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Does the Ralbag ever say that G-d does not know the future? I am aware that Ralbag writes that G-d only knows the generality of things but not the particular. Abraham ibn Ezra is of the same opinion. My question, however, is on G-d and the future. If we take Ralbag's view, is it correct to say that G-d generally knows the future of the species and the world as a whole but not every human per se?


Prophecy is not a good answer to this question since Rambam says it is natural.

  • THis is a good question but requires fine definitions. In RalbaG's support, I'd say that many times the interpreters don't discuss the essence of something, but its applicability. In order to maintain the concept of free will in Judaism some sacrifices must be made - one of them is G-d's anthropomorphism - we have to behave as if G-d doesn't know the future. This is against Rambam's "fatality", but we have to rely on this dualism by seeing only one quality at a time. – Al Berko Nov 27 '19 at 23:12
  • Regarding Ralbag (and Rashi and Raava'D and more, the real question is whether they accepted the legitimacy of Rambam's view but insisted on theirs for educational purposes as I mentioned or completely rejected it and did believe that G-d has limited abilities. – Al Berko Nov 27 '19 at 23:16
  • Thank you for your comment. Yes, Ralbag holds many views that run counter to normative Judaism. Would you say Rashi felt the same way regarding G-d's all-knowingness? – Jonathan Nov 27 '19 at 23:27
  • It should be noted that many monotheistic religions started with henotheism and then monolatry on their way to total monotheism, thus progressing from a more limited and anthropomorphic view of the God to more transcendent and omniscient and omnipresent (pretty much Aristotelian view). The same progress can be seen from the Torah to the Prophets and then the Writings and the Rabbinical literature. – Al Berko Nov 27 '19 at 23:28
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Yes, Ralbag does say that God does not know (certain aspects of) the future. See Book III of Milchamot Hashem for his full treatment of God's knowledge. The basic idea is that God's knowledge of man's future actions is limited by man's free will. God knows what man will likely do, based on his makeup and the celestial influences, but man has the ability to choose to act differently from what God could have "predicted".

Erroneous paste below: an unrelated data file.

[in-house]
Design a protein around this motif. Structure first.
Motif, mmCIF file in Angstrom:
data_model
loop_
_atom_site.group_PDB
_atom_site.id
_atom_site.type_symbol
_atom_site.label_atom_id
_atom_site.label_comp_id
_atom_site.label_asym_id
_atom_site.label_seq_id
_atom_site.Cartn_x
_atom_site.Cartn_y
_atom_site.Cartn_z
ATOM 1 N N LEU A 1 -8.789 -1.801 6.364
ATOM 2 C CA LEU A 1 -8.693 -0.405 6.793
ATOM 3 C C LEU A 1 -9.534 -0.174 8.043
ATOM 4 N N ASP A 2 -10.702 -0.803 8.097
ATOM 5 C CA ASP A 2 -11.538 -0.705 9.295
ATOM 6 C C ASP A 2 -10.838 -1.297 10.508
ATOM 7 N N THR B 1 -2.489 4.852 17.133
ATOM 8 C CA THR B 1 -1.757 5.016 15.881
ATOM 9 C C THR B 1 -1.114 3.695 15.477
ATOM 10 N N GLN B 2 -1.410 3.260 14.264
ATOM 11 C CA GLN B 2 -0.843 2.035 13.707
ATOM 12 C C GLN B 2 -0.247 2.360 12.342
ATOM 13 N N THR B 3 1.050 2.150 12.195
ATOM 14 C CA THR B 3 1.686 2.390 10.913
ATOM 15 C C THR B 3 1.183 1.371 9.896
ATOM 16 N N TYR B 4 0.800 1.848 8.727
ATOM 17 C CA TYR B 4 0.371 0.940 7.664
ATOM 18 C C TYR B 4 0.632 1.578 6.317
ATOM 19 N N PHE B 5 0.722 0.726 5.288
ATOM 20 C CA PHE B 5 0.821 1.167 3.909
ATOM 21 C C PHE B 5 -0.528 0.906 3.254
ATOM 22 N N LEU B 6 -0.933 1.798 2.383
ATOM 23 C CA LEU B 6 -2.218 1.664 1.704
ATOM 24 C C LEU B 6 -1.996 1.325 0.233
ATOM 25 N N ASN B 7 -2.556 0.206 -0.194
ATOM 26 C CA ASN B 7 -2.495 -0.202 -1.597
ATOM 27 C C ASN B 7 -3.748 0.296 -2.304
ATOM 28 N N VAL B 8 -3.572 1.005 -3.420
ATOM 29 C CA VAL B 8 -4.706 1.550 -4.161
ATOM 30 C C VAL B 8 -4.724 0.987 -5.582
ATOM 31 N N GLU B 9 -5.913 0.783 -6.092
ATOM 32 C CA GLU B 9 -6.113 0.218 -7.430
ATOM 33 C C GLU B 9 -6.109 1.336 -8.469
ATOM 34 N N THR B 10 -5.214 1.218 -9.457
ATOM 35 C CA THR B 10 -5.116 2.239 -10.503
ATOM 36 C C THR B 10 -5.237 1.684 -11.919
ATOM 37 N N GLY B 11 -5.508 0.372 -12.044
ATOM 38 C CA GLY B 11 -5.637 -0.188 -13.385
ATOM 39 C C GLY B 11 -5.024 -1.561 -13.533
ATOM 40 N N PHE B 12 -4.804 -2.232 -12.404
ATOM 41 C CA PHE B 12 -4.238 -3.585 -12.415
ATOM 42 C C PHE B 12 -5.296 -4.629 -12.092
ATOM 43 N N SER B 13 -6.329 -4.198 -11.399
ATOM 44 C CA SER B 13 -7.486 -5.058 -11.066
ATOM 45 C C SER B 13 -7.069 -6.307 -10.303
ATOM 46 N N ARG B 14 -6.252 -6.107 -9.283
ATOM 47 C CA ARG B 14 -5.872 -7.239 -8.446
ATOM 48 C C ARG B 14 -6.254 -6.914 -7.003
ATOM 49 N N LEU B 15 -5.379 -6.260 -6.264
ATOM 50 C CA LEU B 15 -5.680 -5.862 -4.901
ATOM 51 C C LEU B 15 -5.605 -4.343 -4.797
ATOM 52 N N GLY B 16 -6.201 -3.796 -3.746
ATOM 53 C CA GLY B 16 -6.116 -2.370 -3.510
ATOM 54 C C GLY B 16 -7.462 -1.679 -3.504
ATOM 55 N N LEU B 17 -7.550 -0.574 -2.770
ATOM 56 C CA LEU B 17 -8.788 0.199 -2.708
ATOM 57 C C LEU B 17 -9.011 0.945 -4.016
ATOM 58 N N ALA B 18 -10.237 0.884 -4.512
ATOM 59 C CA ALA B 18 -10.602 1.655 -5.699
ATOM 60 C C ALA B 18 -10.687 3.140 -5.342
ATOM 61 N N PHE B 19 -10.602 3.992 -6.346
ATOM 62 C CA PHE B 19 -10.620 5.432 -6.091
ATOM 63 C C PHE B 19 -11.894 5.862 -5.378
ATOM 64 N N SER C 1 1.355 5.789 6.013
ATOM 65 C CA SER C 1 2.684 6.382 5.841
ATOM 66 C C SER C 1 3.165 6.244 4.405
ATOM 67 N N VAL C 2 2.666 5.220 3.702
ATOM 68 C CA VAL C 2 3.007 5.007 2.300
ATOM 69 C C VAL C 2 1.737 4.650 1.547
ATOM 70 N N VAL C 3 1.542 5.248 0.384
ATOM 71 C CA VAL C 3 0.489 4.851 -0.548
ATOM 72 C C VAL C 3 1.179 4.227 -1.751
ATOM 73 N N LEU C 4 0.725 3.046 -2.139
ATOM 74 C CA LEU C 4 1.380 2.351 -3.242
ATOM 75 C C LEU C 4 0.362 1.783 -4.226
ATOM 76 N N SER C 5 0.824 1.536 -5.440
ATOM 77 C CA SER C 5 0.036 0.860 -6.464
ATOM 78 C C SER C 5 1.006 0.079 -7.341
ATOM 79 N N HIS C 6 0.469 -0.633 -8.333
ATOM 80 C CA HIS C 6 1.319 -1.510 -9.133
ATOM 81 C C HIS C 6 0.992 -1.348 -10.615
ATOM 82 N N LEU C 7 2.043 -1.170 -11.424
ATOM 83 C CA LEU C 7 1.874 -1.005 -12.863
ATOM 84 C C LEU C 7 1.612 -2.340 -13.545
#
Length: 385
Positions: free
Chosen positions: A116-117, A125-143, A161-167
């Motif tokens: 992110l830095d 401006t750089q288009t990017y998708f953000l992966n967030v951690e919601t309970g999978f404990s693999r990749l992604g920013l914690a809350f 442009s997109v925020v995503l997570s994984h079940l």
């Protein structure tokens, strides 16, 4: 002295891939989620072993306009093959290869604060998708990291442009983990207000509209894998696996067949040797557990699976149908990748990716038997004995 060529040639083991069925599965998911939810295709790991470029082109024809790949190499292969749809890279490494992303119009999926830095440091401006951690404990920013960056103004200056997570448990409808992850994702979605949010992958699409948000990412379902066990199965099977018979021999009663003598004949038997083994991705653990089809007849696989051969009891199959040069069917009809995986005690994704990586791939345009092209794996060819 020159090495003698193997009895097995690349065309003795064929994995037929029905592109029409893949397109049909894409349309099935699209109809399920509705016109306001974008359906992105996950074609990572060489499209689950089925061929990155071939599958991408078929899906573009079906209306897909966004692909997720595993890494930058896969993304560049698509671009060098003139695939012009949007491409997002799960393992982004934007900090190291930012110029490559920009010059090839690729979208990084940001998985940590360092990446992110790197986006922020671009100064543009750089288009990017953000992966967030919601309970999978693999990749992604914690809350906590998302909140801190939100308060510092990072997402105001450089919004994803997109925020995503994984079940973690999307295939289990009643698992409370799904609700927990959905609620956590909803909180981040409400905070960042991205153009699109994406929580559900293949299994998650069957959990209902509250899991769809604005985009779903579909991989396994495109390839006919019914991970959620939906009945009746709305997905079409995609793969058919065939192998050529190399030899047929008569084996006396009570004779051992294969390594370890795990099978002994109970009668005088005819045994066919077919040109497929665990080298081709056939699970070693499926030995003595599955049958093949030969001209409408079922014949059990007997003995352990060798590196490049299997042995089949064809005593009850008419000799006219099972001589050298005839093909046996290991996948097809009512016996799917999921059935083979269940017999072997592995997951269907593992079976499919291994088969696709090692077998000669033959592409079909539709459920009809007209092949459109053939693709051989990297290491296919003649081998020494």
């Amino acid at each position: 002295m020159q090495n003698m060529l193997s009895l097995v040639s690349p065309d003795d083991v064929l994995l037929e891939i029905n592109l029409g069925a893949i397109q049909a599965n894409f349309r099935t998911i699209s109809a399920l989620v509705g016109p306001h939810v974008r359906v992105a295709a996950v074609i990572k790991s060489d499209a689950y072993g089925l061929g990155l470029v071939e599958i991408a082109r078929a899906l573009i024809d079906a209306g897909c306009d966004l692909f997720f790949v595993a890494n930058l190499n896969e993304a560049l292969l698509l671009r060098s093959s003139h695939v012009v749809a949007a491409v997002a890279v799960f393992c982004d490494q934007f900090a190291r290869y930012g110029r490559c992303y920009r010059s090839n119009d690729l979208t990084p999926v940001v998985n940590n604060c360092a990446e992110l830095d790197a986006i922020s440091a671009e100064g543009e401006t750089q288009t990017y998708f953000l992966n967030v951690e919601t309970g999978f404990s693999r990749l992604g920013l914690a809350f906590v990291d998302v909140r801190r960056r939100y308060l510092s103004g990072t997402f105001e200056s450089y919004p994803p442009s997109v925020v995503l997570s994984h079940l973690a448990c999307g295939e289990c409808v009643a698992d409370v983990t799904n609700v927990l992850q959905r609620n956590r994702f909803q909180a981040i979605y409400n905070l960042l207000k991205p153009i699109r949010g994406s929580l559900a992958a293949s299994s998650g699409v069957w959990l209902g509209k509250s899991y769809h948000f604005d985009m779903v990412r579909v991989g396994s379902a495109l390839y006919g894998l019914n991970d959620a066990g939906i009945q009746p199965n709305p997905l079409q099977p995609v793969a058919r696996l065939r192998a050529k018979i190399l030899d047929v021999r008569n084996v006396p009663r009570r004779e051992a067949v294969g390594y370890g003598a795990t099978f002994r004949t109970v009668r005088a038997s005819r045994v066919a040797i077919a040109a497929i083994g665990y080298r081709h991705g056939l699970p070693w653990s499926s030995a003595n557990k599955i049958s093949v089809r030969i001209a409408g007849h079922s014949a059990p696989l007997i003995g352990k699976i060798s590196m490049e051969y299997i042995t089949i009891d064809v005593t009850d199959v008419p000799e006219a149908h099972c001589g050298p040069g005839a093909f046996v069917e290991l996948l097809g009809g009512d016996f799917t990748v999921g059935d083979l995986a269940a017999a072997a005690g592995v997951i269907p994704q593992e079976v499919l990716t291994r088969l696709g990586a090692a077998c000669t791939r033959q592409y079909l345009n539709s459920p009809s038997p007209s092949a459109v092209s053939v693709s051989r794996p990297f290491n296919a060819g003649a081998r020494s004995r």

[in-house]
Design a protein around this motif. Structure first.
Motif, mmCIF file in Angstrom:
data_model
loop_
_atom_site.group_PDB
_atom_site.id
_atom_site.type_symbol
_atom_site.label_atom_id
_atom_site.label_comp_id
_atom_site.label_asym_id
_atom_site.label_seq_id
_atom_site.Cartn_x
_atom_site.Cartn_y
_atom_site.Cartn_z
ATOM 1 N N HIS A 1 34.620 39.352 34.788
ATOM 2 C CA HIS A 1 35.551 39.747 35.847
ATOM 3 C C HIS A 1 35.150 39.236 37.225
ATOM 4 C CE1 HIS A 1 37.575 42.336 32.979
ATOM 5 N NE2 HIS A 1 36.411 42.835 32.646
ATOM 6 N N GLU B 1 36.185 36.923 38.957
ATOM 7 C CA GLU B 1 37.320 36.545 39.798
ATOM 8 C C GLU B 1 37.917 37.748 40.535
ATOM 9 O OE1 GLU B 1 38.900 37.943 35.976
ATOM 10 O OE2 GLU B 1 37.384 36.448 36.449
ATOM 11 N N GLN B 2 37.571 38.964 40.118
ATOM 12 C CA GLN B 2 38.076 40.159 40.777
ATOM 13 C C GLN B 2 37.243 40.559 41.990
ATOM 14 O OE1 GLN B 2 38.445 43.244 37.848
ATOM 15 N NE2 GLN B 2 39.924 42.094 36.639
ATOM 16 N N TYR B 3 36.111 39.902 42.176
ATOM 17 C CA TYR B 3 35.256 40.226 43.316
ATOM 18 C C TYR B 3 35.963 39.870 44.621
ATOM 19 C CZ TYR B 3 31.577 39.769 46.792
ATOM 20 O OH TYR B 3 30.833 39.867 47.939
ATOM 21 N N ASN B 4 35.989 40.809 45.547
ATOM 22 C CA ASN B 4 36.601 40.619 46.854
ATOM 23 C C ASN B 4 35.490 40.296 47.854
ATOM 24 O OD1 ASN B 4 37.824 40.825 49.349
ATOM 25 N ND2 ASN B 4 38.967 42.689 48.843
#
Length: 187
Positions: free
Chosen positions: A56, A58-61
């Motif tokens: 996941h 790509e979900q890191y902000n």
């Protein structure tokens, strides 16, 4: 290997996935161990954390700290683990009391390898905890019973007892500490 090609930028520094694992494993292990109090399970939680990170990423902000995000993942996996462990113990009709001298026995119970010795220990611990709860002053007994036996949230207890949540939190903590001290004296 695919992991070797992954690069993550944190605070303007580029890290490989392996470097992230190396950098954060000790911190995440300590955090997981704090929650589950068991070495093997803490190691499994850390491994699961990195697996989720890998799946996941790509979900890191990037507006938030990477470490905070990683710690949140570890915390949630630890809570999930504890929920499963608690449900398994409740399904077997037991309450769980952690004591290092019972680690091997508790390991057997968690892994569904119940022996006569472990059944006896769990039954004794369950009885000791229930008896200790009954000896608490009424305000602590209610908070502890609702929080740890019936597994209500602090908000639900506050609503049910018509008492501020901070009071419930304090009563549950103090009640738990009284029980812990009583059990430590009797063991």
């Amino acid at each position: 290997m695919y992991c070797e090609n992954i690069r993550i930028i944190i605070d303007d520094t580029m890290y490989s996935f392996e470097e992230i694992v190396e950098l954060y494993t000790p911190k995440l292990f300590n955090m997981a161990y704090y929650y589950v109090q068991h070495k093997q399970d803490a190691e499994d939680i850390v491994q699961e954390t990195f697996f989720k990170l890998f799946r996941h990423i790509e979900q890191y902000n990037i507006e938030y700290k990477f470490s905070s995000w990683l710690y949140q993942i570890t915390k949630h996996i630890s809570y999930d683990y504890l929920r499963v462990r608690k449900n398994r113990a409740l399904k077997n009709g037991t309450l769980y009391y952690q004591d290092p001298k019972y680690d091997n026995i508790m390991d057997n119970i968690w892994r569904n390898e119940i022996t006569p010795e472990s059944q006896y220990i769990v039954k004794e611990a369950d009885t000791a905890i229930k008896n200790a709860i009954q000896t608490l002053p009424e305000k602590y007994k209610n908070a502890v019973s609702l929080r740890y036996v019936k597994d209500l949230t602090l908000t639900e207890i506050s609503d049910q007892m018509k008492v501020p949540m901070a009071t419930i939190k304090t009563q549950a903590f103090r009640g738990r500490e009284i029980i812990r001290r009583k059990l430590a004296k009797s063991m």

Ralbag mentions this concept a number of times in his commentary to the Torah. For example:

  • Genesis 18:20
  • The Sixteenth Lesson there
  • Genesis 22:1
  • The Sixth Lesson there
  • Exodus 3:11
  • The Twelfth Lesson there

Here is my full translation of the second example:

The sixteenth lesson is in ideas. And it is to teach us something amazing of God's knowledge of things, which was hidden from all [my] predecessors whose words have reached us. And it is that that which God may He be exalted knows of actions in this low world is independent of what man [actually] does. That is that He knows the actions of people that are fitting according to what was prepared for them from the day of their creation, based on the celestial causes that God may He be exalted placed as guidance over the human species. [However,] human choice rules over this arrangement of their actions based on the celestial causes. And it is therefore possible that what people actually do is different from what God may He be exalted knew [they would do] based on the arrangement of their actions. And this is because He knows their actions from the side in which knowledge of them is possible, and that is the side in which they are arranged and quantified. But on the side in which they are contingent there can be no knowledge, for if we suppose that knowledge of them is possible then their contingency cannot be upheld. And therefore it says metaphorically that God may He be exalted saw whether the people of Sodom and Gomorrah actually did the evil that He knew from them, because it is possible that what they had done was different from what God may He be exalted knew from them. And we have explained this topic of God's knowledge of things in Book III of Wars of the Lord. And we explained there that this view is necessary on the basis of philosophy as well as on the basis of Torah.

  • Thank you for your answer. Do you think other sages held this view and if so, which ones? – Jonathan Nov 28 '19 at 2:11
  • In a forthcoming post I will argue that Rashi might have held a similar view. – Alex Nov 28 '19 at 2:12
  • Will the post be an answer on this site? Actually, Rashi may have been a corporealist. – Jonathan Nov 28 '19 at 2:14
  • Yes, it will be an answer on this site. – Alex Nov 28 '19 at 2:15

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